Saturday, August 5, 2017

No Surprise: UAW Loses Vote at Nissan Canton Plant

By Richard Mellor
Afscme Local 444, retired
I have not yet had the time to peruse all the details but the UAW had another crushing defeat in the union’s attempt to organize a Nissan plant in Canton Mississippi. More than 60% of the workers eligible to vote opposed the union. This defeat comes after a previous defeat at a Volkswagen plant in Chattanooga in 2014 and at another Nissan plant back in 2001 in Smyrna.
According to some reports I read, there have been issues of favoritism and racial discrimination with white supervisors favoring white workers with regard to promotions and job assignments. It would be hard to believe that this would not be happening, especially in the US South, as using color/race as a means of dividing workers on the job is par for the course. Wherever they can get away with this divide and rule tactic they will. About 80% of the eligible to vote workers are black from reports I have read.

I am hearing all the same excuses from the labor hierarchy as to why the vote went down the way it did. Last Friday, the UAW filed charges (7 of them) “claiming Nissan broker labor laws” (of course they did) The National Labor Relations Board has also filed charges against the company for “illegally threatening to close the plant”.

The NLRB is the bosses’ body that the union hierarchy appeals to in order to protect workers from such harassment in such cases. At no time will they seek to rely on the organizational and social power of their members, working class communities or the working class in general.
What did the employers and their political representatives in both parties do during the Boeing workers contract dispute a few years ago? They threatened to move to the South. Every rank and file worker and serious rank and file shop floor activist knows damn well that bosses are never neutral as the labor bureaucracy would have us believe. What workers suffer every day on the job to one degree or another is economic terrorism. This terrorism is heightened during unionization drives and disputes, in other words, when workers fight back.

“They’ve come out with some of the nastiest, most unprecedented attacks I’ve seen in the 20 years I’ve been doing this. This issue of threatening to close a facility is the worst threat you can put toward an employee.”  Gary Casteel, the second-ranking official at the U.A.W. told the New York Times.  Is it now! Where has he been for 20 years? It’s worse for the labor hierarchy and their army of full time staff because without a union they would have no job, and a good one at that. This official is talking as if that is something new.

"The enemy was the collective spirit.  I got hold of that spirit while it was still a seedling; I poisoned it, choked it, bludgeoned it if I had to, anything to be sure it would never blossom into a united workforce...." *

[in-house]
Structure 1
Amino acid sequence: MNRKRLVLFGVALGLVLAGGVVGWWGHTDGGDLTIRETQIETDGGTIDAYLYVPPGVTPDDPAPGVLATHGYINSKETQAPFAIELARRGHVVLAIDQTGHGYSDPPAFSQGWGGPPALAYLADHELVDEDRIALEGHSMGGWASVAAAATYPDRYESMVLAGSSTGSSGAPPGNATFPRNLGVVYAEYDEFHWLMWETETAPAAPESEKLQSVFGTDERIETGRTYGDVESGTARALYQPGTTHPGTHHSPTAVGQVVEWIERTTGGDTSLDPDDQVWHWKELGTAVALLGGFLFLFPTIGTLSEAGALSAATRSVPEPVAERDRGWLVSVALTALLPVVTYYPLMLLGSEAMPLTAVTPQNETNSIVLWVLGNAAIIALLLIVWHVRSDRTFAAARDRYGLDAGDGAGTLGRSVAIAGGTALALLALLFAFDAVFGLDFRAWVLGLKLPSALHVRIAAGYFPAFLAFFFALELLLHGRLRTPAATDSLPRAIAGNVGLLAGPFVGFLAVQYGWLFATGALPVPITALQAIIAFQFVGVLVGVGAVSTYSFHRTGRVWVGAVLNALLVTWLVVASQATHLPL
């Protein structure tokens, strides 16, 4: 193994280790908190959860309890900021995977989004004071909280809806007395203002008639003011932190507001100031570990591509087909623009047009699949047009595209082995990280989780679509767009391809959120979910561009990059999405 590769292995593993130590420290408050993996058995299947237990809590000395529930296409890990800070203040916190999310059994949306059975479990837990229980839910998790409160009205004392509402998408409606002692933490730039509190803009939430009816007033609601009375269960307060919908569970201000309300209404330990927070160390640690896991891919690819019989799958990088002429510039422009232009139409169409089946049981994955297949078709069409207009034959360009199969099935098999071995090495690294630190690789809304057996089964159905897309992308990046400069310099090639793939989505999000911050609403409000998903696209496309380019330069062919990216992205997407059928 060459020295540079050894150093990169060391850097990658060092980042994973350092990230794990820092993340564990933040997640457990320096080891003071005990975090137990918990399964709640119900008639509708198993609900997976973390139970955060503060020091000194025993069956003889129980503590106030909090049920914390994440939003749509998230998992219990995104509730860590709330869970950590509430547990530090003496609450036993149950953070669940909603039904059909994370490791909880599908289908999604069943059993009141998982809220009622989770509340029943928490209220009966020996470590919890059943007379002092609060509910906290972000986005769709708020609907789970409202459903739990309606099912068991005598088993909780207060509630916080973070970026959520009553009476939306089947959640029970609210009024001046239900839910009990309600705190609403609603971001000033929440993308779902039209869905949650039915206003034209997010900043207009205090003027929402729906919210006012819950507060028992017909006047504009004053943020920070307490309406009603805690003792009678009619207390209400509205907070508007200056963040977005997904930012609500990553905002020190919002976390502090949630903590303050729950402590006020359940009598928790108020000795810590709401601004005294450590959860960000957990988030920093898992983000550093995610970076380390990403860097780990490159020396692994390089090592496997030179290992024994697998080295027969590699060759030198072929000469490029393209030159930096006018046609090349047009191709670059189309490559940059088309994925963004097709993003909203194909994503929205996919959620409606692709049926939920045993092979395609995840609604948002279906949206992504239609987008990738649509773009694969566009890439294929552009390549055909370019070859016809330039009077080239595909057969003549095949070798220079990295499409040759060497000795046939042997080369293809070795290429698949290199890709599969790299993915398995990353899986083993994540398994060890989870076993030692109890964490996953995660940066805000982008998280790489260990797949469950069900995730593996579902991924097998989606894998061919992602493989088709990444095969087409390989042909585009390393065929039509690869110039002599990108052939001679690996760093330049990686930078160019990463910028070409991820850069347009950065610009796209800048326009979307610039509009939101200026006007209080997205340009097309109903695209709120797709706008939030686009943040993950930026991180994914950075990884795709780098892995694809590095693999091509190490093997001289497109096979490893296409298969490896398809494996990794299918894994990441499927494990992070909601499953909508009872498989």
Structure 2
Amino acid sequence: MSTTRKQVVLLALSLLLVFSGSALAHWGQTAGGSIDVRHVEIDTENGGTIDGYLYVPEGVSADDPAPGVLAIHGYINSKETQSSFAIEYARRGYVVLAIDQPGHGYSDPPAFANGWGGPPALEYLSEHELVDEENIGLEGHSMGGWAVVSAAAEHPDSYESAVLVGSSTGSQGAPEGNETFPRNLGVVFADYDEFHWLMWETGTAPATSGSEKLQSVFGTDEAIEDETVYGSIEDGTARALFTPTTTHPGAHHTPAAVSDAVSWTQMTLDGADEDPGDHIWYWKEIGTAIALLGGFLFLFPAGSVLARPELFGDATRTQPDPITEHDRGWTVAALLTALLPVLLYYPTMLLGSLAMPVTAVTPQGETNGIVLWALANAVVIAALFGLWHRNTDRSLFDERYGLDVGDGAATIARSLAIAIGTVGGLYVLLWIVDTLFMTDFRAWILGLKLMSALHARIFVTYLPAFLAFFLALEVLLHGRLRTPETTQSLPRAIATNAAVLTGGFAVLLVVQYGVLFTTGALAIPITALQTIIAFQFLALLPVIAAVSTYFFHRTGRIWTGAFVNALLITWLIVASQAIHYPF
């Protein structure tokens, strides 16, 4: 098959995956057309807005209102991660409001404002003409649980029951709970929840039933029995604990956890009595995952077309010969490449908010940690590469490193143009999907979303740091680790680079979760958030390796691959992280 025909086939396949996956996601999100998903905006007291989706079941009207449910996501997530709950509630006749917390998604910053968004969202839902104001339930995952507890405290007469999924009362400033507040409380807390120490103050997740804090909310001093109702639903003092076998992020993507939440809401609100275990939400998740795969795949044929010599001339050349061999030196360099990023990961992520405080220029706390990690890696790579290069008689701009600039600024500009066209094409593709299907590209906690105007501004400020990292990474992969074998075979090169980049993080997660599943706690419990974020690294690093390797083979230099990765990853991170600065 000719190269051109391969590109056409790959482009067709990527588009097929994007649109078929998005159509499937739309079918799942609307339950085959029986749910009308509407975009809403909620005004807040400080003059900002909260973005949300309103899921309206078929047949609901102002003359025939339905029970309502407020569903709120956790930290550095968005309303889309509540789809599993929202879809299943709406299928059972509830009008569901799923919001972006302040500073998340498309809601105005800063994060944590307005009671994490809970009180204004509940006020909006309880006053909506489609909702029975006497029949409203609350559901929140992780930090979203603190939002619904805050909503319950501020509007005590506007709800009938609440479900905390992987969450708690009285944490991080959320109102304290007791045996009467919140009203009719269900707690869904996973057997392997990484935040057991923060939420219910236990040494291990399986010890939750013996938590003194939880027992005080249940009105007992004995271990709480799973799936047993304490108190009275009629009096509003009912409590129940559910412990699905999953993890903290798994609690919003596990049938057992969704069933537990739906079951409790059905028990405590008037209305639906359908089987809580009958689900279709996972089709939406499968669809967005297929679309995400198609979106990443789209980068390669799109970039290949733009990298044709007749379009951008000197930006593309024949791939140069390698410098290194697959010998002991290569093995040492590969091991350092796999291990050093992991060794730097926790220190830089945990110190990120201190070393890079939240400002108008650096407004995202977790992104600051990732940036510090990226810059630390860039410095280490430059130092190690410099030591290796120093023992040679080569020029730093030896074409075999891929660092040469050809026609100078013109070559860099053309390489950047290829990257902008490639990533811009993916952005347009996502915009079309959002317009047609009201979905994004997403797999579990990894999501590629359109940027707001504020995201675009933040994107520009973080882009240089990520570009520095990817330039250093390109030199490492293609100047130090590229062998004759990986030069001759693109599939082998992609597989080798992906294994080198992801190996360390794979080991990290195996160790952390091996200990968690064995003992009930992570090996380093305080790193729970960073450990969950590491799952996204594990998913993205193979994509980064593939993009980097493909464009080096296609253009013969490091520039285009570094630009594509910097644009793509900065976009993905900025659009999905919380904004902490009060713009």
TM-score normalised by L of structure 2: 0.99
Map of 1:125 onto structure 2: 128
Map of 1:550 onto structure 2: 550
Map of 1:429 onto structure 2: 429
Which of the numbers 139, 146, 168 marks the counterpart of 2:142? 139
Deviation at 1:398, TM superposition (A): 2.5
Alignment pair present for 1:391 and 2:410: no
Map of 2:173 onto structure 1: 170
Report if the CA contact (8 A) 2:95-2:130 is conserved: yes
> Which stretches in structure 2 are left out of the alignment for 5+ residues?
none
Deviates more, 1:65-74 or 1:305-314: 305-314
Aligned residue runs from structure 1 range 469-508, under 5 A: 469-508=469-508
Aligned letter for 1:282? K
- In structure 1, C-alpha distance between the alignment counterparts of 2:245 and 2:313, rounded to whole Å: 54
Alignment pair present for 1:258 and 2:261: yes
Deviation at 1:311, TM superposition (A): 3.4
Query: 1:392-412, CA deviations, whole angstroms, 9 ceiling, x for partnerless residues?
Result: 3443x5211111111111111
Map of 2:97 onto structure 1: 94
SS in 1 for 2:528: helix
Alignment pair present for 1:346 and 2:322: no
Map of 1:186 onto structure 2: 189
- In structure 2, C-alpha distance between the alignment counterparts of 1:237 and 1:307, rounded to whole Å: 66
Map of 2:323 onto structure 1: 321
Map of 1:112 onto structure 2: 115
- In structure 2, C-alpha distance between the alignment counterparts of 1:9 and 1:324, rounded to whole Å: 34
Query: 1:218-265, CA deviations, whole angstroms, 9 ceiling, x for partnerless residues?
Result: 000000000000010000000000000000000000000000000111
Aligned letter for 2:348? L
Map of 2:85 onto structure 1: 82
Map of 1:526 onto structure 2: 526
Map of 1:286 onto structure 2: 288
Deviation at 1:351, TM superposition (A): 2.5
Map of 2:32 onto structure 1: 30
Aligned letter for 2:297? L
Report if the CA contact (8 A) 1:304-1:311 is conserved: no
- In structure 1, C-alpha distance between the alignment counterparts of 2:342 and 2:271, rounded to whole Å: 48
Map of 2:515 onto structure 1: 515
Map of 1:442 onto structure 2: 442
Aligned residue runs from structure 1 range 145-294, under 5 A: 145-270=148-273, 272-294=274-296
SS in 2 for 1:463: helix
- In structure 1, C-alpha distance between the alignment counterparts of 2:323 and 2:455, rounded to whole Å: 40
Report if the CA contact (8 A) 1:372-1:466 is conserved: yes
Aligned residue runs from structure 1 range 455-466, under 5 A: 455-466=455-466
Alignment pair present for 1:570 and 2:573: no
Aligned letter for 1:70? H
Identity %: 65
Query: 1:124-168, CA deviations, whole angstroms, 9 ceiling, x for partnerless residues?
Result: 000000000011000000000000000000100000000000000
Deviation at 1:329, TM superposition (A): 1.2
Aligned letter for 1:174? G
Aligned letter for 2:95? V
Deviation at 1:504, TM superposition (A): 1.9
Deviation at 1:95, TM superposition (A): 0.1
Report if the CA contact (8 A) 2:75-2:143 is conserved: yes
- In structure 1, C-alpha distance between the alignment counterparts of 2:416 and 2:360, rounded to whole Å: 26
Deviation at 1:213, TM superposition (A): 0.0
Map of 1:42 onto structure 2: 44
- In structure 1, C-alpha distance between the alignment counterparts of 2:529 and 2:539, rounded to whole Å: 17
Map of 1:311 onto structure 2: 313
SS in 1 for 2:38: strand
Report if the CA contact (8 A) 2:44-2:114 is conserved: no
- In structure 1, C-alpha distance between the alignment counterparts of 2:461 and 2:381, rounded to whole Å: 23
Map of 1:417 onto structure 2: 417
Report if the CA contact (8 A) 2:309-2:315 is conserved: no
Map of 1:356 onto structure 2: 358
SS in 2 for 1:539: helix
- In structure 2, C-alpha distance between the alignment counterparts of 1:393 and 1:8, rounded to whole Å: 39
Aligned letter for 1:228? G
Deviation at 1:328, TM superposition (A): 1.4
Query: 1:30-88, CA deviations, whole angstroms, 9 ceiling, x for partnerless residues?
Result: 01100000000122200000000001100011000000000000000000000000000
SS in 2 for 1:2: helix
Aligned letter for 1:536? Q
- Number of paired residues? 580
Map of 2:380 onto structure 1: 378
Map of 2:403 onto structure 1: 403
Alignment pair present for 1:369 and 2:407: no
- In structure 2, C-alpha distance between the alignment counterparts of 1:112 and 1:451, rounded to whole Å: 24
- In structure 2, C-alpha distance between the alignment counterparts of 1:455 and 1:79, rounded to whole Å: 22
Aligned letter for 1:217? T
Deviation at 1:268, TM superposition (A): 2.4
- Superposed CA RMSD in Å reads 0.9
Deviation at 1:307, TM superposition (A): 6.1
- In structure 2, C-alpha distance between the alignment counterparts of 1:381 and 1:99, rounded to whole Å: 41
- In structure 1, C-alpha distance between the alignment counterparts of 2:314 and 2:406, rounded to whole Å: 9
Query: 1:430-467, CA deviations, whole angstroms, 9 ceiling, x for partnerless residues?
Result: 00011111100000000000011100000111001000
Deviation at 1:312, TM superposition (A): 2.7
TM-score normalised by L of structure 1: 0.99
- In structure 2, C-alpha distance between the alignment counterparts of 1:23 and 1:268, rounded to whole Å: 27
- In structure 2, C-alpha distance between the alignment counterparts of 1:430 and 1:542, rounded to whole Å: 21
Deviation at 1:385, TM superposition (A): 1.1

As I say above I am not denying claims by black workers of discrimination at all. But this in my opinion can be overcome with the right approach.  In the last analysis it is the economic issues that matter along with the militancy and power that has to be brought to the table. The UAW leadership has neither.  "There have bee racial overtones” the media reports. The role of leadership is to have a strategy, program and tactics that overcome this other than to deny it or claim we should all just get along. It is the bosses that are responsible for racial overtones and the UAW leadership's fault that racial overtones are not overcome.
These losses are entirely the UAW leadership’s fault. In the VW/Chattanooga loss, the UAW leadership signed a neutrality agreement with the boss and the boss will never, ever, remain neutral., and by signing one the anger of the rank and file worker is suppressed while the bosses continue to harass and terrorize. The community was not mobilized, the workers not mobilized, locally or nationally. And in the case of auto especially, international pressure has to be brought. At every step of the way the UAW leadership, like all of them atop organized labor appeal to the employers themselves and their representatives in the body politic. In the case of the Cleveland Five a local UAW leadership at a Freightliner plant in Cleveland NC that fought back, the UAW national leadership cooperated with the bosses in terminating militant leaders. This has happened in many UAW and other union struggles. An attempt organize a Boeing plant was lost by the IAM for the same reasons.